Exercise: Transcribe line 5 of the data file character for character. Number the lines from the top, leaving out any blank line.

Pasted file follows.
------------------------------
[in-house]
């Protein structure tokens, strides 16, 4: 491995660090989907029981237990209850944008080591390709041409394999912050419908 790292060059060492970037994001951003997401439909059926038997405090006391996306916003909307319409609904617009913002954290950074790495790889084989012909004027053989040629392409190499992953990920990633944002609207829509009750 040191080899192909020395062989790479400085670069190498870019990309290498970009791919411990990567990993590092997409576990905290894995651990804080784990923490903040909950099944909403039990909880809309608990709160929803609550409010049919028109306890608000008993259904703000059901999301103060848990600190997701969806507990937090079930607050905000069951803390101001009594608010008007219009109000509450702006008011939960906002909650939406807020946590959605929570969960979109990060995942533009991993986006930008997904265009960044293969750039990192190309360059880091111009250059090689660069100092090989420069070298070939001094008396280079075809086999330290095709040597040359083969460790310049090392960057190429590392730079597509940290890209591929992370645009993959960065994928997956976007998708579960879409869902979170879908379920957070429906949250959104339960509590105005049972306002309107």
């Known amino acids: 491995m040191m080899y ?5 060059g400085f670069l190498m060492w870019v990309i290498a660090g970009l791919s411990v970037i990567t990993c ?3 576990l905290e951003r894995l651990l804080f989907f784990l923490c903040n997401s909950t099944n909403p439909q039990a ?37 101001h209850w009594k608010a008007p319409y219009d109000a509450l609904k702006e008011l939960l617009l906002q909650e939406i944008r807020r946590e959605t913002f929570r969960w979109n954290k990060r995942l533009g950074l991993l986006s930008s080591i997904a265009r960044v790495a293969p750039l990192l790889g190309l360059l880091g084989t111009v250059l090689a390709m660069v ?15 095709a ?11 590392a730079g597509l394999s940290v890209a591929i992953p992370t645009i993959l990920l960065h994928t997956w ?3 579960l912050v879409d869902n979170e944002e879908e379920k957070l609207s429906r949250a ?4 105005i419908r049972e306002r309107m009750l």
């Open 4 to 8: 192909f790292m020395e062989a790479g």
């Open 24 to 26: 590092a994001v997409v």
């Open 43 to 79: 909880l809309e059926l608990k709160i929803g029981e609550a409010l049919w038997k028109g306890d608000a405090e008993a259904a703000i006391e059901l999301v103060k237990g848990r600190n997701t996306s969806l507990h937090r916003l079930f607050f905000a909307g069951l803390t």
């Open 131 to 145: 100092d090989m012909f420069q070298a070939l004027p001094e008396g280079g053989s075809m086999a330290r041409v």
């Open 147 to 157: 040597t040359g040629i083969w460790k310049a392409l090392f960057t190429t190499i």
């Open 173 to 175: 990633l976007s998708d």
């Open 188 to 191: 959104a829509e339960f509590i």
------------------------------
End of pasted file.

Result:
């Open 24 to 26: 590092a994001v997409v």